It's not everyday you're invited to dine with seven of Italy's top chefs, 13 Michelin stars between them, years of experience, each with their own restaurant and each cooking one of seven individual Italian dishes.
Billed as The Lunch of a Lifetime, this is exactly what the team from Identita Golose organized recently at Harrod's in London. A lunch prepared by Carlo Cracco, Gennaro Esposito, Massimo Bottura, Enrico and Roberto Cerea, Davide Scabin and Luciano Monosilio - Italy's fine dining elite, a crack culinary team from across the country.
Held in the fine and grand setting of Harrod's Georgian Restaurant, hundreds of lucky guests - some chefs, some journalists, some lucky public members - all took their seats intrigued by the offering of such an Italian feast.
After all, it's a pretty special lunch when Carlo Cracco opens proceedings with saffron poached egg with zucchini before Massimo Bottura steps to the plate five courses later to lay down his own creation of perfectly cooked, succulent, colorful and playful - psychedelic veal.
For most, it was a great Lunch and for some maybe even the lunch of a lifetime, but for the chefs it was an entirely different affair. For them it seemed to be an important day, one that helped mark a change across Italy, a change they've all been part of and a change they've each encouraged for a long time.
"People come to Italy for the food and we have to start from the beauty of our ingredients and our unique flavors. It's important to be proud and express this", said Massimo Bottura during the lunch.
"I have the feeling that Italy will show how strong it is very soon, we have such a power, energy and potential - we just need help, the chefs are together - we want to do it - the ethic and aesthetic is already there, we just need an instititional force to pull us together."
Bottura is positive that he is part of a strong movement of change across Italian cuisine, something that he says has happened over the past 15-years through a great respect for territory and the building of a brilliant network of shared knowledge between chefs, producers and suppliers across the country.
The chef who runs Osteria Francescana in Modena is positive but warns that Italy must continue to look to the future, "Italy has always been too nostalgic and to project ourself into the future we need to look at the past in a critical way, bring the best from the past but into the future - this is the point...if you look in the past in a nostalgic way you're done."
Bottura's positivity was felt across the chefs, who all stood proud as they presented their dishes to the hungry crowd. Davide Scabin, who made guests shake their own pasta in custom made containers, said: "It's the best time ever for italian cuisine, it's more difficult to emerge but it's a great moment for us. It is paradoxical because we know about the economic crisis but we are working very well.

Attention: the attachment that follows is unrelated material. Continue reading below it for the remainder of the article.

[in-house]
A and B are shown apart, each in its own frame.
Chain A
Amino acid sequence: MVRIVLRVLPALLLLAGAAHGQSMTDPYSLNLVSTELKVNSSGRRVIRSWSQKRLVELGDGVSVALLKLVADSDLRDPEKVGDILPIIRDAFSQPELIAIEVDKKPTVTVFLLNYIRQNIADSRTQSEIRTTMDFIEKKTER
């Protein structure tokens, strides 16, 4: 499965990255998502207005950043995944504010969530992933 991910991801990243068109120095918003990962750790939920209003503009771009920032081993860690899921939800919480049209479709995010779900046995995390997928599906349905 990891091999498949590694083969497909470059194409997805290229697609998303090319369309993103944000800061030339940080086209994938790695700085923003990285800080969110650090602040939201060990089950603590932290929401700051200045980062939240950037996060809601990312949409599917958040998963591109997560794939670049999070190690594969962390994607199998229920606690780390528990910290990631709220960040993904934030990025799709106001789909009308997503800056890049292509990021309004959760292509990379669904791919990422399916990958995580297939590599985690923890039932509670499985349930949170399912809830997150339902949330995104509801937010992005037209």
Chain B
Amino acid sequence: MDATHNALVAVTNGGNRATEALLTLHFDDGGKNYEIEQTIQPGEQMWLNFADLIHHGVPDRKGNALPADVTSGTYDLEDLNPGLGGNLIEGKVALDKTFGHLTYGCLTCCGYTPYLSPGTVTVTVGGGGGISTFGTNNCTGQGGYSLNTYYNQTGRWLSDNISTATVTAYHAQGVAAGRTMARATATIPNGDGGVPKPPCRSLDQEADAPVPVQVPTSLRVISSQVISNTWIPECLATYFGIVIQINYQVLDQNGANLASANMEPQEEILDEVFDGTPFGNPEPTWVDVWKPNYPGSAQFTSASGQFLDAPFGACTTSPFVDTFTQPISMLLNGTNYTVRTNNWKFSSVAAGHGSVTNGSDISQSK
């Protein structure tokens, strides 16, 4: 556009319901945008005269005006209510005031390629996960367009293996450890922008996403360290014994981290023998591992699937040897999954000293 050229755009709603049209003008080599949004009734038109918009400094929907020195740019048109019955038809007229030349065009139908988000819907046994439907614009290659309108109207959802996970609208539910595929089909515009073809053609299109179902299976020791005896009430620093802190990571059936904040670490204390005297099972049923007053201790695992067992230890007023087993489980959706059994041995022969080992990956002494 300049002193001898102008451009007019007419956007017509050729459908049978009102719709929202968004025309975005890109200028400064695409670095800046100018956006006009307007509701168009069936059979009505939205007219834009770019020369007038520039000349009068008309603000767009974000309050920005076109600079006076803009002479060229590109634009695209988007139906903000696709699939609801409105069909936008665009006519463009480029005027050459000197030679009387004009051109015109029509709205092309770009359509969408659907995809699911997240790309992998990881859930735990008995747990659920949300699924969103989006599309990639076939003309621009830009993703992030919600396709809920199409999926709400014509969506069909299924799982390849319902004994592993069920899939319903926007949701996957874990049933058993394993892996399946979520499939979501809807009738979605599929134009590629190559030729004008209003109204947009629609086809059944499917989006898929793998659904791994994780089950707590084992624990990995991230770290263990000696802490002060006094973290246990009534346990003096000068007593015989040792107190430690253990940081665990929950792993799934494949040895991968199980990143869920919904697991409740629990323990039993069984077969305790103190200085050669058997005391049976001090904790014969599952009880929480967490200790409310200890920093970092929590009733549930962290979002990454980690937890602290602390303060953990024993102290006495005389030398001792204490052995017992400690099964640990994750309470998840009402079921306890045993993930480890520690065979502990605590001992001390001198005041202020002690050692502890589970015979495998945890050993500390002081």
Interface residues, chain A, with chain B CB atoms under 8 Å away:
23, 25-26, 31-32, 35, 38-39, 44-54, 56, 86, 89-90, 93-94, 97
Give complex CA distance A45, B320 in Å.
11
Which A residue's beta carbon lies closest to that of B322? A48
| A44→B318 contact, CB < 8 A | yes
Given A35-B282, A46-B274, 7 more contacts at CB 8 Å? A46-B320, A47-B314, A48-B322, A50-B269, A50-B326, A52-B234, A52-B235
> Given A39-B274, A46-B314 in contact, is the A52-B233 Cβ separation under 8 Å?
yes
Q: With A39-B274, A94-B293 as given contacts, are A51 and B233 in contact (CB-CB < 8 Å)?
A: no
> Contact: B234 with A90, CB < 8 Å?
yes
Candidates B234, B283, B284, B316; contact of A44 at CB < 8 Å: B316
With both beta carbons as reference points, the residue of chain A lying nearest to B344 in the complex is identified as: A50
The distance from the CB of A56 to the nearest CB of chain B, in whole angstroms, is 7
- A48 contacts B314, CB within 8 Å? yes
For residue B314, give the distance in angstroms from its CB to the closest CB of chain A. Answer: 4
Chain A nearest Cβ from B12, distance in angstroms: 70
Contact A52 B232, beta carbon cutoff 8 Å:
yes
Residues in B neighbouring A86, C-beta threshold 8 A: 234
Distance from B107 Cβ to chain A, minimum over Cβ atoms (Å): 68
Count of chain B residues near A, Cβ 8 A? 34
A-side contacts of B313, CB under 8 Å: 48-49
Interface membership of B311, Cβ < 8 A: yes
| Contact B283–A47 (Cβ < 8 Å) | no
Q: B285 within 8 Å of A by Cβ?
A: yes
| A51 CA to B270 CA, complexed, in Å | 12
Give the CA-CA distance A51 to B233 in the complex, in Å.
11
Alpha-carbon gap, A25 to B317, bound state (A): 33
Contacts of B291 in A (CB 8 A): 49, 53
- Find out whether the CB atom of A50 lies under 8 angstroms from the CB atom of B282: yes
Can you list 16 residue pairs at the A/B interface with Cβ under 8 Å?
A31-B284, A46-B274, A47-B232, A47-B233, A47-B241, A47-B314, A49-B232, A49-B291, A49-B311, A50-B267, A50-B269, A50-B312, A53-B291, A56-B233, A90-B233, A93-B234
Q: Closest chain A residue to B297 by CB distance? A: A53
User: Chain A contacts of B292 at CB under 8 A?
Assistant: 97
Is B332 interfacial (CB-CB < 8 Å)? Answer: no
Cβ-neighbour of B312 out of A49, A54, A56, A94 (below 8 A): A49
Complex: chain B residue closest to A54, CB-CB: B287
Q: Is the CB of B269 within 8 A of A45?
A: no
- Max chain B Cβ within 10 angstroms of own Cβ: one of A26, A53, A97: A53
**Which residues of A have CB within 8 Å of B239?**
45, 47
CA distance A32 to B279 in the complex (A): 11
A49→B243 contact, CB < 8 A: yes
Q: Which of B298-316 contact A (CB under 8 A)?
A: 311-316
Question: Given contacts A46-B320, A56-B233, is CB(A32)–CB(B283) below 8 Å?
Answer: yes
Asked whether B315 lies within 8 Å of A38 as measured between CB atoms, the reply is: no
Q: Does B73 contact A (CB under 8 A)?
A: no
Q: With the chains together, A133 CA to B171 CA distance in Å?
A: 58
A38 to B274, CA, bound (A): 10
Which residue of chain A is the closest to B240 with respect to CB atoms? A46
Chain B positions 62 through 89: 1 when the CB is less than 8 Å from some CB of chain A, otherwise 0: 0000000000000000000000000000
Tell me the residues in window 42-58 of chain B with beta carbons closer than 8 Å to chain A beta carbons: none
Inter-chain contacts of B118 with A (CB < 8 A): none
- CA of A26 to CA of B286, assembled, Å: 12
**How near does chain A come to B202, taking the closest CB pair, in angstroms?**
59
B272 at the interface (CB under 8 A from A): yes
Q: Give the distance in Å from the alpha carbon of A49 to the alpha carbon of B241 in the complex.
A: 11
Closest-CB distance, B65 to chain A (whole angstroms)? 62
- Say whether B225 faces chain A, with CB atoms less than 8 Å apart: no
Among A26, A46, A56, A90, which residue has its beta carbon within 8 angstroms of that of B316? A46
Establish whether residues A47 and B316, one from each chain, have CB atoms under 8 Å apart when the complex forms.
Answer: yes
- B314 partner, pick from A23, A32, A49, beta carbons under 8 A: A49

"There never was a moment so positive for italian cuisine. There are so many chefs who are working well. I'm glad to be a part of this period, it's a positive period for Italy."
And the young side of Italy's emerging talent was also on show in the form of Luciano Monosilio's world famous carbonara. The chef, who is 29-years-old, spoke of his excitement to cook alongside the other chefs and gave himself as an example of someone who has watched the past 15-years of development across Italy's food scene, a chef who has been a direct beneficiary of the sharing of knowledge Massimo Bottura talked about.
"There are more young chefs now and we have some of the most important chefs in the world above us and we can learn so much from them - this is important...Everyone knows the techniques, but the Italians are now putting great ideas on the plate, we have amazing ingredients and our mentality has grown up step by step.
"It's the cycle, now it's the Italian moment, before it was Spanish, then the French and for the next 5 or 6 years Italy is going to be very important in the gastronomy world."
While for some it was a day to enjoy salted codfish salad with codfish tripe and smoked potato mousse starter from Enrico and Roberto Cerea. Gennaro Esposito's white fish in an aromatic herb crust with a chlorophyll reduction and a grand dessert buffet that stretched the length of the great hall. For others, mainly the chefs, it was a day to show the world what's bubbling behind closed kitchen doors across Italy. A chance to explain that very soon those doors will burst open revealing a newer, more toned, refined and stronger Italian cuisine. Food rooted in heritage but with an eye firmly on the future, as Bottura firmly said that, in the future, guests and chefs must "re-start and re-fall in love with Italian cuisine."
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